The Politics    Wednesday, May 20, 2015

After the disruption

By Michael Lucy

After the disruption
What will happen to the likes of Uber when governments catch up?

The Tax Office has decided that UberX drivers must register to collect GST, on the grounds that they are providing “taxi travel”. UberX is a “ride-sharing” service, in which private individuals use their own cars to drive passengers around, for a fee. Until now drivers have not had to register for GST if their annual turnover is less than $75,000.

Travel prices are expected to rise. The Australian manager of Uber, the company that runs UberX, has complained that the change will “impact the over 9,000 ordinary Australians who drive on the UberX platform”. Note the language there: Uber drivers are not employees, simply ordinary Australians who choose to use the platform to share their cars with other ordinary Australians.

It’s a case worth watching. This is perhaps the first realistic Australian attempt to regulate “sharing economy” companies like Uber and AirBnB, which set out to “disrupt” an existing industry. One key advantage of such businesses is that they don’t own assets (cars or accommodation) themselves – why buy the cow when you can simply put farmers in touch with milk-drinkers, and skim off a little cream for yourself along the way?

Uber is illegal in most Australian states, which require taxi-like services to be licensed, but that doesn’t seem to be stopping anyone. Enforcement is sporadic, and the company has in many cases paid fines received by drivers. The company, valued at around $50 billion, can well afford to write such fines off as the cost of setting up business. The company has also been criticised over poor screening of drivers, after sexual assaults of passengers by drivers.

For a passenger, Uber has two advantages over traditional taxis – a slick app that simplifies booking and payment, and lower prices. These have led it to massive popularity since its founding in America in 2009. It also claims to pay drivers more than traditional taxi companies (though this is uncertain) – with the catch the drivers themselves must in turn cover costs like insurance, fuel, car registration and so on.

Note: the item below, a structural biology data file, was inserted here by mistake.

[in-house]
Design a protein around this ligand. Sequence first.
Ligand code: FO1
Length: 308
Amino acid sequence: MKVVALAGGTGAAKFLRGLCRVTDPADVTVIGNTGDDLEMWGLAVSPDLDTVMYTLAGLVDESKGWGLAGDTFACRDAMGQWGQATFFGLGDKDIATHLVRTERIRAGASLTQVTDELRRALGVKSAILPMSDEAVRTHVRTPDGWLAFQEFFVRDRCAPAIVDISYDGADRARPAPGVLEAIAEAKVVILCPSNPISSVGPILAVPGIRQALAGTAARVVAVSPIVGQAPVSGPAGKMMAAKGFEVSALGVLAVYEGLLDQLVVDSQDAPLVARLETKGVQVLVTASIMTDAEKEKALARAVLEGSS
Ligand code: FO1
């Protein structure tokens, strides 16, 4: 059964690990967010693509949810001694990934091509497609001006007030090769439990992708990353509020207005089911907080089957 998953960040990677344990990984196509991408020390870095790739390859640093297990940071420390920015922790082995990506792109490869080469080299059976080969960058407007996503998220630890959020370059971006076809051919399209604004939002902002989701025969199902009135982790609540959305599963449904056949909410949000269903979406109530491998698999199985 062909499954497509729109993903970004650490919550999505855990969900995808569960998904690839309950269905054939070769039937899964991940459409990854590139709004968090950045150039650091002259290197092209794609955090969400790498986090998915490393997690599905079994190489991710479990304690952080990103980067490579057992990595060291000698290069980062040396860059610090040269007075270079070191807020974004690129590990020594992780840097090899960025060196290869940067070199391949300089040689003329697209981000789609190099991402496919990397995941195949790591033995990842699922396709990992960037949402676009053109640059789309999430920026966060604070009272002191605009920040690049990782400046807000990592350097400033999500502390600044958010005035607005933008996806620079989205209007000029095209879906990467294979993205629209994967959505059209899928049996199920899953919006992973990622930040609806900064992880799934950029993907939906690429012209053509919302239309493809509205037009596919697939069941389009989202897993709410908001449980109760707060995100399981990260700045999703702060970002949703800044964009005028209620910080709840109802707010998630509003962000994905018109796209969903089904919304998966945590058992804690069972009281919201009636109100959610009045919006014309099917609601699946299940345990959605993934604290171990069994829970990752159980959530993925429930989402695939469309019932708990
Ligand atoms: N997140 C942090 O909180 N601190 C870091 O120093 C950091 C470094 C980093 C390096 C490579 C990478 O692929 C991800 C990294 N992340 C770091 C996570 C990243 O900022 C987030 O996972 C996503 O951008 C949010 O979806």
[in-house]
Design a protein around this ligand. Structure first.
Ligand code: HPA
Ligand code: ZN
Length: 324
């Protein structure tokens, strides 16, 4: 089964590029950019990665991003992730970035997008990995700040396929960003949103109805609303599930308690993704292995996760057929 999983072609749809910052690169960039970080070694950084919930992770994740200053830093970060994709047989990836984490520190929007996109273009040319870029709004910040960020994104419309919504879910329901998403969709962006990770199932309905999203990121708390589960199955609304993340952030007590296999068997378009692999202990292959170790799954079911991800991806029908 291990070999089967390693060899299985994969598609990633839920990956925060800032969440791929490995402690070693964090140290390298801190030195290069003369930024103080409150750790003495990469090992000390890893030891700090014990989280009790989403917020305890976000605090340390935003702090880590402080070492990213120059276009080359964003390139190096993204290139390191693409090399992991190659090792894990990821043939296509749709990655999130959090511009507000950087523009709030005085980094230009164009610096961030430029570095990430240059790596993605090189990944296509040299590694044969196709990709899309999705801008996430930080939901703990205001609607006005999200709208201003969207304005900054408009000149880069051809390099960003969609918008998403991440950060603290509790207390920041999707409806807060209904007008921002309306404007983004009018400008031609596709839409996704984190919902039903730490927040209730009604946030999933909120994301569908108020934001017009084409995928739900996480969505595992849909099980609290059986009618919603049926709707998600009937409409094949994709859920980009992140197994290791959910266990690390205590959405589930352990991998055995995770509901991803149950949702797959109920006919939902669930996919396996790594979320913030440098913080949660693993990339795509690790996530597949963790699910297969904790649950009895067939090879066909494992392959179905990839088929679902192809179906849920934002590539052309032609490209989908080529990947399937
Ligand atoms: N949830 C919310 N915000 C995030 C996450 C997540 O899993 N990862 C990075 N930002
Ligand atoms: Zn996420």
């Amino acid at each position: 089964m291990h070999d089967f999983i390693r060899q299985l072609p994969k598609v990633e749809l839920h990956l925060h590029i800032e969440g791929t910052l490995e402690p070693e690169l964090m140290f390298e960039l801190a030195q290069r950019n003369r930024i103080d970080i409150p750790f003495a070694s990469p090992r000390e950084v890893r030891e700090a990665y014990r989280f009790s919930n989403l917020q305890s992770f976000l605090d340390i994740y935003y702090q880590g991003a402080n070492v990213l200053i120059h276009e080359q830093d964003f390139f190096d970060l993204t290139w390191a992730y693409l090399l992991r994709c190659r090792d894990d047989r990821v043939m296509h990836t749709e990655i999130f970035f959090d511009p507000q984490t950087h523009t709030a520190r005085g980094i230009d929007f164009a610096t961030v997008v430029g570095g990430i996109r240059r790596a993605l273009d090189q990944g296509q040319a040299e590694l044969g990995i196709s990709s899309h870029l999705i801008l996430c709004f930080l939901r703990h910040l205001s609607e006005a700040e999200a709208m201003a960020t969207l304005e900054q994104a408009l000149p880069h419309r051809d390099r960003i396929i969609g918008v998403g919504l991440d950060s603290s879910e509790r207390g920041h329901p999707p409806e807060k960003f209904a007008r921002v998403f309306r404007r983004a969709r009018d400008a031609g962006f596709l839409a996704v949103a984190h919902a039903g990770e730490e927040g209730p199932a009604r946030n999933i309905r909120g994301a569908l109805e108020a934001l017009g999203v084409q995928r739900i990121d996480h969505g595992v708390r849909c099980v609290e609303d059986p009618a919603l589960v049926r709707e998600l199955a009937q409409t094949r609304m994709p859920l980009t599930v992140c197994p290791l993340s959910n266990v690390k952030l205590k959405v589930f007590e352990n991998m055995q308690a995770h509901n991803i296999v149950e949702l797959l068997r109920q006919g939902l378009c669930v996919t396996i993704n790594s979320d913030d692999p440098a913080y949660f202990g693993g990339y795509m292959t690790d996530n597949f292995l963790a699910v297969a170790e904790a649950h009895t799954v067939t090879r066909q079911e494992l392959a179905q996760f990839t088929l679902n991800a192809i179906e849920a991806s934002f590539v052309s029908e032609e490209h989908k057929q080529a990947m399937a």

Uber’s stratospheric success has largely been achieved by skirting or ignoring existing regulations – by the time governments had caught up, the company was big enough to cut deals, rather than simply accept existing laws. The Victorian government, for example, is close to an accreditation arrangement for UberX drivers (in a deal brokered by former Obama campaign manager David Plouffe).

The ATO’s move is a step closer to re-establishing “business as usual” in the wake of technological disruption – it remains to be seen how many of Uber’s advantages remain once it has been brought within the same regulatory fold as existing taxi services.

The government of the Philippines has offered to accept the Rohingya refugees now adrift in the Andaman Sea. Now they just need to get to the Philippines.

Shadow treasurer Chris Bowen has announced that Labor will support several major budget proposals in the Senate.

Deputy PM and infrastructure minister Warren Truss is attempting to undo requirements that foreign ships in Australian waters give staff Australian wages and conditions. The MUA is not pleased.

The idea of same-sex marriage may be close to having a parliamentary majority.

Victoria’s IBAC has heard a wide range of evidence detailing corruption and unethical practices in the state’s education department.

A victim of paedophile priest Gerald Risdale has told the royal commission into institutional responses to child sexual abuse Cardinal George Pell attempted to bribe him to keep quiet.

A good bit on the history of the political interview, after Malcolm Turnbull’s helpful suggestion that Leigh Sales and Emma Alberici could be “less aggressive”.

Listen to The Politics Podcast, with Rachel Withers

Michael Lucy

Michael Lucy is a writer based in Melbourne.


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